Mon January 28th, 2002
And All That Could Have Been (2002)
Things Falling Apart (2000)
Fragile (1999)
Further Down the Spiral (1995)
Downward Spiral (1994)
Broken (1992)
Trent Reznor, vocals / guitars / bass / drums / programming
Industrial music has always been the domain of reclusive studio-mavens. Indeed, one of the reasons the music business ignored the genre for so long was because so many industrial bands were so faceless - or weren't bands at all but revolving-door ensembles of players loosely associated with a mastermind or two.

Al Jourgensen and Paul Barker, the dynamic duo at the heart of Ministry were also the driving force behind a gaggle of offshoot projects including Acid Horse, Revolting Cocks, Pailhead and Lard. In 1990, Trent Reznor joined forces with Jourgensen and Barker on a thermonuclear dance version of the Black Sabbath chestnut, "Supernaut." The moniker du jour for the collaboration was 1000 Homo DJs, and the resulting EP also featured three additional tracks, "Hey Asshole," "Apathy" and "Better Ways."
Nine Inch Nails
Trent Reznor once described himself as simply a guy from Ohio with a death disco band, and fundamentally that's exactly what Nine Inch Nails was back in 1989 when Reznor revved upPretty Hate Machine and unleashed it on the music world. But that was really just an auspicious start to one of the most influential acts of the '90s. Though a host of highly talented musicians (including Charlie Clouser, Chris Vrenna, Robin Finck) have lent their talents to the NIN fold, the band remains the brainchild of Reznor and he is the essence of the music.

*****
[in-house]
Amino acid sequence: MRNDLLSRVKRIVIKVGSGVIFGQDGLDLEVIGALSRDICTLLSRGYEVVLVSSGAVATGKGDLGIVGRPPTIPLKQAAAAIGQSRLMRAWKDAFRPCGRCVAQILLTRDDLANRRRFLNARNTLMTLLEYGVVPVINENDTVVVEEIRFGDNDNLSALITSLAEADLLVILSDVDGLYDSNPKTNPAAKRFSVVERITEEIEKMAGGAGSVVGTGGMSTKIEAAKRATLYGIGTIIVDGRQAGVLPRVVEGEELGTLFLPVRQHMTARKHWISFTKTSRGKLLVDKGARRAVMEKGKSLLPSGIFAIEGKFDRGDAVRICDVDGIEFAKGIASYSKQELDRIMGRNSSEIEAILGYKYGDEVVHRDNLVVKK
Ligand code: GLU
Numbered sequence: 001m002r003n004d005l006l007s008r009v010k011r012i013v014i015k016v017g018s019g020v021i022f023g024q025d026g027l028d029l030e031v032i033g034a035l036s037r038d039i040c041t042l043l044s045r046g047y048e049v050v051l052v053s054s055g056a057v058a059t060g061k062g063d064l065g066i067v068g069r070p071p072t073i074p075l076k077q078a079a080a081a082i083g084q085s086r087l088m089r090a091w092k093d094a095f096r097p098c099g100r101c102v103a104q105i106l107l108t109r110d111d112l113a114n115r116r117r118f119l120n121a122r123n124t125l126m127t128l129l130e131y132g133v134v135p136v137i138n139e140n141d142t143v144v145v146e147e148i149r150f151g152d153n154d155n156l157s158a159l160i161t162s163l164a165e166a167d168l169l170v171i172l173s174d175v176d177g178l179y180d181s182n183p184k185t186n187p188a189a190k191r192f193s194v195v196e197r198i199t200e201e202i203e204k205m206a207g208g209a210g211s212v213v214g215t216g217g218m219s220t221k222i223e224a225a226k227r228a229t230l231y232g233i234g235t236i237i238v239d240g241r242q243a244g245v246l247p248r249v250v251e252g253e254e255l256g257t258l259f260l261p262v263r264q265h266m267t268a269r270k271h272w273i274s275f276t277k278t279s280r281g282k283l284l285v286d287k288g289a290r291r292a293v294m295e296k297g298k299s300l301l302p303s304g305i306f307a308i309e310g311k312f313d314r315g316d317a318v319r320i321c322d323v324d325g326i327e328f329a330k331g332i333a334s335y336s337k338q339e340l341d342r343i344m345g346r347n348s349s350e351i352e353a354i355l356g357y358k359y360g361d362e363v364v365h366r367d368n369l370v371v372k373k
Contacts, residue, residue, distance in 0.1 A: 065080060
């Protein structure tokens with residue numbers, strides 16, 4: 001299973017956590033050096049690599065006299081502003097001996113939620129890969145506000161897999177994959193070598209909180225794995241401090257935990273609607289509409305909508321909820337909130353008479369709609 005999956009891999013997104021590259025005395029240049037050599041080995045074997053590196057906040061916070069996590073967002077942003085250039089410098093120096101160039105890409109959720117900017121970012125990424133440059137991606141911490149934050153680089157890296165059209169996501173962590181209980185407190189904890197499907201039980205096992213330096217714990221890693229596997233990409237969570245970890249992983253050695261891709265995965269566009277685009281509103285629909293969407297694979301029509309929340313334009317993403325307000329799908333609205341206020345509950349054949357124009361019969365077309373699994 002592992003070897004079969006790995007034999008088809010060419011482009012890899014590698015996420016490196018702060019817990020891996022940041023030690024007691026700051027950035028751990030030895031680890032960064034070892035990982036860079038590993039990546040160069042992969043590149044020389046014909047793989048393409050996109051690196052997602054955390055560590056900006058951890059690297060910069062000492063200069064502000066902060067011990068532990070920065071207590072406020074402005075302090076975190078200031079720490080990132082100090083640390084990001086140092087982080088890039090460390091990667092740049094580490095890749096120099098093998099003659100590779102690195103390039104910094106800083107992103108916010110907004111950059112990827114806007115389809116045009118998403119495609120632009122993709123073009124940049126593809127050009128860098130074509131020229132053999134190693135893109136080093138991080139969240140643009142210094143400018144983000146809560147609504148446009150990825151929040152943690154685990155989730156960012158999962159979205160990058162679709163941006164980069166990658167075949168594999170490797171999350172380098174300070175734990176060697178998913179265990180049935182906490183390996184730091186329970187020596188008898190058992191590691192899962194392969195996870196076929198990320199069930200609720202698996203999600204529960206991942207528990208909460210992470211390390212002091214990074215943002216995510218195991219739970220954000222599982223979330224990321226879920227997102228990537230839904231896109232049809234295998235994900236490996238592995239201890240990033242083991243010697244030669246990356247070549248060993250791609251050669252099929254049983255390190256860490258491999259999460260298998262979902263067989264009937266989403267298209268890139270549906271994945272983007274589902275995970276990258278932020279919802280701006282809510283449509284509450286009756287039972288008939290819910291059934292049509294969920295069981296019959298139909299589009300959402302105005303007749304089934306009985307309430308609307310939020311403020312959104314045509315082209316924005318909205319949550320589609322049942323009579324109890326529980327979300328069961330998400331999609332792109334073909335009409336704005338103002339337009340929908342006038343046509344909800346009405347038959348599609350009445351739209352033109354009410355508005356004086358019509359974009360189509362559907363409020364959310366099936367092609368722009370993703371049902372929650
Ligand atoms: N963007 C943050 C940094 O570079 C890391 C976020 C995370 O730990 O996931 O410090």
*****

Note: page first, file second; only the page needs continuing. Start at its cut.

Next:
Though the hard, heavy sound that Reznor cultivated is clearly a descendent of second generation industrial bands like Ministry, Skinny Puppy and KMDFM (spawn of granddaddies Cabaret Voltaire and Einstürzende Neubauten), his innovative twist was to intensify the dark, seductive dance grooves with a twist of pop and lyrical hooks almost as catchy as their musical counterparts. Pretty Hate Machine produced the death disco classics "Down In It" and "Head Like a Hole" and made Reznor an alternative rock superstar.

The long wait between that album and its follow-up only enhanced his profile in indie rock circles. Unhappy with his relationship with TVT Records, Reznor spent the next five years embroiled in legal sparring with the label, which eventually relented and allowed Reznor to create his own label, Nothing, under the auspices of Interscope. So when The Downward Spiral was finally completed it was a Nothing/TVT/Interscope release.

With each subsequent NIN project, Reznor has demonstrated his tremendously innovative, relentlessly inventive talents - testimony to that is the legion of young bands he has inspired and influenced.
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